As his team’s leading scorer and the son of Hanover College men’s basketball coach Jon Miller, Madison’s Luke Miller knew that the spotlight would be squarely on him. Night-in and night-out, opposing teams would try to find a way to slow down the Cub sharpshooter, often to no avail.
But despite that attention, Miller thrived and the senior was a huge reason why the Cubs had their best season in nearly 15 years.
Miller ended up averaging 18.1 points per game for the 17-9 Cubs but it wasn’t just his scoring that makes him the first Madison Cub in five years to be named Madison Courier’s Boys Basketball Player of the Year. Consistent game-in and game-out, the Cubs knew that their senior leader would be there whenever they needed him the most.
“Coming into this year, I knew we were going to have a good team and I wanted to make sure that everybody knew their role,” Miller said. “For me personally, I think I had a pretty dang good year. I shot the ball well. Some teams would put a guy on me and face-guard me in the corner and I think that when a coach does that, it really shows that they respect you. That happened quite a few times.”
When you shoot 44% from 3-point range you draw attention and every team in the area knew that if Miller had the ball on the outside, he was just as likely to drain a shot as not. But while Miller carried a reputation into the season as a deadly shooter, it was his athleticism that caught many teams by surprise.
Standing just 6-foot-2, Miller showed a greater proclivity for driving to the rim his senior year, making him an even more dangerous offensive threat. That combination of skills showed during the Cubs’ sectional semifinal win over Scottsburg when he scored 11-straight points for Madison at one point, hitting three 3-pointers and throwing down a two-handed dunk.
Miller laughs when he talks about his ability to dunk. It wasn’t that long ago that just the thought of touching the rim was a pipe dream.
“Coming in here my freshman year I couldn’t jump over a newspaper,” Miller laughed. “Right before the season I measured a max 41-inch vertical and that’s something that I need to thank (strength coach) Jay (Roney) for. That’s something I never thought I would be able to do.”
Madison head coach Sherron Wilkerson noticed the amount of work Miller has put into his game, both on and off the court.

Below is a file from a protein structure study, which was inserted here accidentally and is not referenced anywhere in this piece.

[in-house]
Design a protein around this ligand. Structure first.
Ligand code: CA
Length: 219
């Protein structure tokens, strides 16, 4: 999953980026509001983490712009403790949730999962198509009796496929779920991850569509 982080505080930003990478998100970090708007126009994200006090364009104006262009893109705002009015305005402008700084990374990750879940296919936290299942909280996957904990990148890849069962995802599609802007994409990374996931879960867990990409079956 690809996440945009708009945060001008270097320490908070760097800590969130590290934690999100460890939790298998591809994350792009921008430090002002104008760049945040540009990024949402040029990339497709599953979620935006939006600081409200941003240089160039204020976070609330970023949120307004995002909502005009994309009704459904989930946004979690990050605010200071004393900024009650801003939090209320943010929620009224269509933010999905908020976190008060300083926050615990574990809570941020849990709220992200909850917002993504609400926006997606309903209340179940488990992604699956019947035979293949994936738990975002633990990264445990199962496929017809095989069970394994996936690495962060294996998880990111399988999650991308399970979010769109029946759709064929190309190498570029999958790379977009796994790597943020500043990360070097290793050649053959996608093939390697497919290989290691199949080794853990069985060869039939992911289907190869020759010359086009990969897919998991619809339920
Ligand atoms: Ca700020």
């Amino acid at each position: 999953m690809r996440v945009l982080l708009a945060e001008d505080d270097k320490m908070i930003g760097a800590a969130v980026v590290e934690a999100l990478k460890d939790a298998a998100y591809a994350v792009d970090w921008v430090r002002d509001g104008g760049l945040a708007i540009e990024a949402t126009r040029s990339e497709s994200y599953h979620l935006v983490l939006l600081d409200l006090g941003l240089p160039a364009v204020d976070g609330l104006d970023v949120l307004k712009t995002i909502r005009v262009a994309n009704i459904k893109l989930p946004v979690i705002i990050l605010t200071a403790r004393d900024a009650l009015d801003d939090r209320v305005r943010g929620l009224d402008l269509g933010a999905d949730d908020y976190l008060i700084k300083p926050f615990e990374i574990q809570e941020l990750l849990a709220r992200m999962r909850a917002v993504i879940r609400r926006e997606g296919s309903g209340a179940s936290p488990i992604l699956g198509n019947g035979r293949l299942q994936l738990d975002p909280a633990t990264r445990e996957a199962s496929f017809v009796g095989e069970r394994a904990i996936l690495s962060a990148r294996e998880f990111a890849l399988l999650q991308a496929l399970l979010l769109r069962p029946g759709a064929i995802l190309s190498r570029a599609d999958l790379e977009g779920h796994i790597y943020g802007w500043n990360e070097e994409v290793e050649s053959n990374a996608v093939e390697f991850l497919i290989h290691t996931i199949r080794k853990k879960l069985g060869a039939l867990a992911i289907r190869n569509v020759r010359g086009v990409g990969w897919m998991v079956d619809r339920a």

“I wish I could bottle what Luke did from the sectional championship game last year to the sectional championship game this year. It was truly remarkable how much work he put in to make himself better,” Wilkerson said. “He was always a great shooter and an incredibly intelligent kid, but he made himself a leader and he was much more aggressive. And he really became much better on the defensive end and I think that’s the real key to making yourself a complete player.”
That work has not only garnered Miller the Courier’s top award but also made him a First Team All-Hoosier Hills Conference selection. He also carried a 4.2 GPA this school year and will be named Academic All-State.
A player of Miller’s ability could have gone nearly anywhere to play in college but it wasn’t a hard decision to stay home and play for his father and Hanover College. The younger Miller has spent his entire life around the Hanover program and he’s ready to finally step on the floor as a Panther.
“I already know most of the guys, I know the assistant coaches — I actually watched them play at Hanover — and just being around my dad and knowing how he coaches, I think it will give me a little advantage and I’ll probably know more than some incoming freshman,” Miller said.
Wilkerson believes that Miller will not only fit in at Hanover, but he’ll thrive.
“Getting a chance to play for your father in college, what a wonderful opportunity for Luke, his dad and their entire family. This is truly a once in a lifetime situation,” Wilkerson said. “I expect Luke to flourish there and personally, I think Coach Miller is getting an absolute steal.”
With basketball season over and no other sports to play, Miller’s high school career is over. He plans to spend the next several months getting ready for his first college season, but he isn’t ready to say goodbye to Madison just yet.
“All of the work that I have put in since the end of my eighth grade year to now has paid off. That’s something that I hope the younger kids in Madison will realize,” Miller said. “I’m hoping to go over (to the junior high) with a couple of other guys and explain what it’s like to come through the program and what they need to know and what they need to focus on and show them that hard work pays off.”